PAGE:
I didn’t want to be the cancer mascot because I didn’t know what I was representing, what values would shine through, what a symbolic exemplar of cancer would portray to the world, and today I have a little more insight into the symbolic representation of a terrible disease that touches, through direct diagnosis or diagnosis of a friend or loved one, one in every two Americans. What we need is honesty, vulnerability, passion, and a willingness to embrace our challenges.

Each day is not easy. I am an ass sometimes. My curated life through this blog and social media is not designed to disguise my bad days and hard times, but instead, I seek to demonstrate the power one person has in representing something bigger than they are. We are all cheering each other on, and embracing our shared encouragement is the role of a mascot.

What mascot can you be for the people in your life? What do you seek to represent?

Happy anniversary, and cheers!

 

Inside My Head, Now on YouTube

On May 13, 2016, Adam was ordered to a “stat” MRI by his primary care provider. The scan revealed a 71mm primary brain tumor that would be diagnosed as glioblastoma multiforme (GBM), a deadly and aggressive brain cancer. In this talk Adam shares his journey (so far) with GBM, and he highlights lessons that are applicable to everyone.

Please click to view the one hour talk now available on YouTube.

2016 Statement on Cancer

Two years ago, December 26, 2014, I had a seizure (undiagnosed).

This year, December 25, 2016, I had a seizure.

I have brain cancer, and like many, mine presents with frequent seizures. It took 18 months of “it’s probably stress related,” and “it could be vertigo” to get an MRI ordered (May, 2016) to investigate my dizziness and left-sided weakness and reveal a primary brain tumor. Since, I underwent (awake) brain surgery, inpatient recovery, inpatient rehab, chemo, radiation, and now monthly chemo cycles. I continue to struggle with seizures as part of my cancer. I vowed not to be the cancer mascot; not to fill your feeds and timelines with Adam and his cancer story. “I’m more than my disease,” I quipped.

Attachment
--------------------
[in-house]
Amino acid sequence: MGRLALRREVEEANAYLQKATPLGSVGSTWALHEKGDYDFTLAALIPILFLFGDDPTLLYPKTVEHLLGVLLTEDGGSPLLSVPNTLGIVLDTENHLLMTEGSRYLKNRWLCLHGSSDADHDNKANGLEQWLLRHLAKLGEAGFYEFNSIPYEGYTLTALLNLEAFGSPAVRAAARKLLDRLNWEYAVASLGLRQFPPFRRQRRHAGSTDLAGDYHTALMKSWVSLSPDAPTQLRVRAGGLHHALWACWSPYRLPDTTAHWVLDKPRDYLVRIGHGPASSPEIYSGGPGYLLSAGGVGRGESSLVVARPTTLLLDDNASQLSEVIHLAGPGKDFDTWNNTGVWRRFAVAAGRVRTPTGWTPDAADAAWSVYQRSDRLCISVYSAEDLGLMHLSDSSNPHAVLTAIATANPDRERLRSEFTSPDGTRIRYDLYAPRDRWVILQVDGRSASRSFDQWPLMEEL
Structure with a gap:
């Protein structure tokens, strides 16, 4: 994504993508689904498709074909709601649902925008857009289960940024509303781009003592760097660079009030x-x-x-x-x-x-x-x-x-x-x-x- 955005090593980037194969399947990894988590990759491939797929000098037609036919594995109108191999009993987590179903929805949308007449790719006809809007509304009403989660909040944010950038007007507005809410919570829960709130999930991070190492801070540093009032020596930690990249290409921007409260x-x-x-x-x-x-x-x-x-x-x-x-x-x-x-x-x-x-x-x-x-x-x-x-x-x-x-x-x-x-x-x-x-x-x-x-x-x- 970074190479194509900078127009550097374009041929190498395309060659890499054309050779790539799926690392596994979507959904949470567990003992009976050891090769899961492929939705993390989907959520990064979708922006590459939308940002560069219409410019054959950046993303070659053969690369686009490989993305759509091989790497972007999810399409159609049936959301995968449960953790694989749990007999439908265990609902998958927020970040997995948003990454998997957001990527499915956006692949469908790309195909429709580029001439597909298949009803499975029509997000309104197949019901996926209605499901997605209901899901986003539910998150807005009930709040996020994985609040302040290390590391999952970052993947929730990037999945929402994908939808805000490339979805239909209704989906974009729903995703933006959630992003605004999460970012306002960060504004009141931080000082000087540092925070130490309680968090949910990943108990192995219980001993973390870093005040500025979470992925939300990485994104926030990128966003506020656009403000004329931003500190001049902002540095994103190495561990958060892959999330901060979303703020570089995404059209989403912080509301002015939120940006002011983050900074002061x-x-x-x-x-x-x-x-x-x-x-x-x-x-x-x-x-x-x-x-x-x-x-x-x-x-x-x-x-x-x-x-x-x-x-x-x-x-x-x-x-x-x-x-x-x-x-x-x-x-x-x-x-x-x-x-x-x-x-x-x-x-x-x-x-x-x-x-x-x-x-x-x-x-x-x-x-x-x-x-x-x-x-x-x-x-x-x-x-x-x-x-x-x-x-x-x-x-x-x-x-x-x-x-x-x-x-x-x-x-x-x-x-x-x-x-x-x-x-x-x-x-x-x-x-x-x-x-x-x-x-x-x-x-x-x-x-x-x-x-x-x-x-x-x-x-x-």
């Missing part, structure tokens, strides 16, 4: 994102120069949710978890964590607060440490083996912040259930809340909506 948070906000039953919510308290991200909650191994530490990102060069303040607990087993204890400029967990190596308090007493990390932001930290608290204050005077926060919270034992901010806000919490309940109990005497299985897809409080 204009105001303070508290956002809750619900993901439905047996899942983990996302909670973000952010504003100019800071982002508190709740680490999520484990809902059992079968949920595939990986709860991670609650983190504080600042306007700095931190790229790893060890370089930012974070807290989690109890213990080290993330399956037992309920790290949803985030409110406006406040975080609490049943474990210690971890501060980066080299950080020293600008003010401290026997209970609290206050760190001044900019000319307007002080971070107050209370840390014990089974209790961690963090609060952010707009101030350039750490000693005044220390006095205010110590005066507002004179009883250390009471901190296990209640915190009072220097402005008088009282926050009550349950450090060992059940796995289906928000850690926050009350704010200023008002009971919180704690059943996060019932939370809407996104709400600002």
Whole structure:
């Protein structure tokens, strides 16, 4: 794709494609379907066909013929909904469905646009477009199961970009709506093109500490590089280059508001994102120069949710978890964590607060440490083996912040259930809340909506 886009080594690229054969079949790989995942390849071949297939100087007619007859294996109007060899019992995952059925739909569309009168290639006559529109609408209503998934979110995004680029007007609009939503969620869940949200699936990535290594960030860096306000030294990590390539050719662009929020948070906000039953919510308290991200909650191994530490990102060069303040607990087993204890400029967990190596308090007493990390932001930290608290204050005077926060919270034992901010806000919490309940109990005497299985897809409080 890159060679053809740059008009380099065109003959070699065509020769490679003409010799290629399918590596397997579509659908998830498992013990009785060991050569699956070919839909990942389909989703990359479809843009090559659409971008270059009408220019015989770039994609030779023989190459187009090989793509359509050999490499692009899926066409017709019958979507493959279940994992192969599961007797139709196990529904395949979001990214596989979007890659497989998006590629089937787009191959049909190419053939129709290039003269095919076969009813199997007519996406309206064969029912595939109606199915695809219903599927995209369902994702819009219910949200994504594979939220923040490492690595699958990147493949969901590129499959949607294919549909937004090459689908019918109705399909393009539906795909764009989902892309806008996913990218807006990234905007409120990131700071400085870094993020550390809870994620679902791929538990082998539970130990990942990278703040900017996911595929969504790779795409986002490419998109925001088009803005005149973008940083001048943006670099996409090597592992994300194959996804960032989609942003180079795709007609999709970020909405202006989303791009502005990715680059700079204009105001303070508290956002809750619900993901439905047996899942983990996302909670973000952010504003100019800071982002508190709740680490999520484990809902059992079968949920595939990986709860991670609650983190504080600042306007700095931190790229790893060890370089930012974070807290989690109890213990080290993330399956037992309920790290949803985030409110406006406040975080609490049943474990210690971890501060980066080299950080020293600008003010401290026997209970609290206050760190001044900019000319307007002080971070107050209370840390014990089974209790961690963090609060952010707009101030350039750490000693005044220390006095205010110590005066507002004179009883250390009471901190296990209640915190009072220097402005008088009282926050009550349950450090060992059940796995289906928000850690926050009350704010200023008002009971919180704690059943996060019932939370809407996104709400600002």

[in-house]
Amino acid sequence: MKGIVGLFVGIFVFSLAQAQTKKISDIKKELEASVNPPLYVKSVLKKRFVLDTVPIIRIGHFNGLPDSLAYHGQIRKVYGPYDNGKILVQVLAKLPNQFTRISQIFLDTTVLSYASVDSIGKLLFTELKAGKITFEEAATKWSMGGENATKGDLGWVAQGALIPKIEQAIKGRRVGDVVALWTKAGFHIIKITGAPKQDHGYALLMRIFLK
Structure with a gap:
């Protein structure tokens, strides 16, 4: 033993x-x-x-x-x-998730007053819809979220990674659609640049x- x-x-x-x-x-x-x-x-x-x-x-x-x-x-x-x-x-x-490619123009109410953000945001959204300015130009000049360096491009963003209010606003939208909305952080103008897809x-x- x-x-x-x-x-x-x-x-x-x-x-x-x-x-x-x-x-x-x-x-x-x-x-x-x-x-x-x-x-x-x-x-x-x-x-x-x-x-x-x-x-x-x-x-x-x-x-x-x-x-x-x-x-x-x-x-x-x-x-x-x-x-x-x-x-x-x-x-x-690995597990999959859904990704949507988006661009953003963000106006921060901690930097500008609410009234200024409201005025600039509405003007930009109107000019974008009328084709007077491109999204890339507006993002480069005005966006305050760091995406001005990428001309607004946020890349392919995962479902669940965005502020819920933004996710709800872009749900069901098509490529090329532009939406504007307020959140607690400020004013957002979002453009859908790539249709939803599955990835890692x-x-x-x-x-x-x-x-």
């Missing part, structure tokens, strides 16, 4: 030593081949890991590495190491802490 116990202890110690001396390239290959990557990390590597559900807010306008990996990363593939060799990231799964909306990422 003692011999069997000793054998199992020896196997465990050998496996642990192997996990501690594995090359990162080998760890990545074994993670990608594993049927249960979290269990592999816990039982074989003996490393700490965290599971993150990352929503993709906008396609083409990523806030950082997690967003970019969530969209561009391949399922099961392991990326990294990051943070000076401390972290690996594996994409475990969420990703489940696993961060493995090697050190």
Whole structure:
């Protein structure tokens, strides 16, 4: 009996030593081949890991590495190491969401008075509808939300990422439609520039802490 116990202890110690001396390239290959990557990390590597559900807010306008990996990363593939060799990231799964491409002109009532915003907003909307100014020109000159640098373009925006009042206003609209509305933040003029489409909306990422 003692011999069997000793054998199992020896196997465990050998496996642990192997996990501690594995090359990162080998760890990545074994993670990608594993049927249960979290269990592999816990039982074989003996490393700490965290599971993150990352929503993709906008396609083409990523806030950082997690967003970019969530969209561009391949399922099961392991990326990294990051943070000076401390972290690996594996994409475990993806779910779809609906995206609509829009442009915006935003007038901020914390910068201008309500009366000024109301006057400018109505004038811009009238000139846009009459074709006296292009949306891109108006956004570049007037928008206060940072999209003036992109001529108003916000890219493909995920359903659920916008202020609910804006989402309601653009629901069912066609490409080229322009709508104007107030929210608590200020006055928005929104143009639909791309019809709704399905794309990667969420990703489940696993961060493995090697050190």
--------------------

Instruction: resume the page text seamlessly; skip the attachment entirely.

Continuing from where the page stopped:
New strategy: fuck that.

I am the cancer mascot on behalf of an estimated 12,000 newly diagnosed glioblastoma patients this year; 10,000 of those folks won’t live much past a year. I’m 7 months out from formal diagnosis. In these 7 months after surgery, I taught my left leg to walk again, my left arm to type again, I’ve learned cell anatomy, cellular metabolism, intro to genomics, and read extensively on competing theories of carcinogenesis. I am reading medical textbooks on biochem and molecular biology. I am graduate trained in the philosophy of science. I am strong; smart; driven. I am learning my disease.

If you think I cannot learn the biological features of my cancer..

If you think I cannot advocate to medical professionals on behalf of brain cancer patients…

If you think I cannot raise money and awareness for brain cancer research…

If you think I cannot contribute meaningful academic work with respect to the explanatory framework and ontology of cancer to benefit the medical oncology research community…

If you think I cannot expose at least one vulnerability of my aggressive cancer, with positive impact to clinical outcomes…

Prepare to have your beliefs revised.

2017 is my year.

Stay tuned.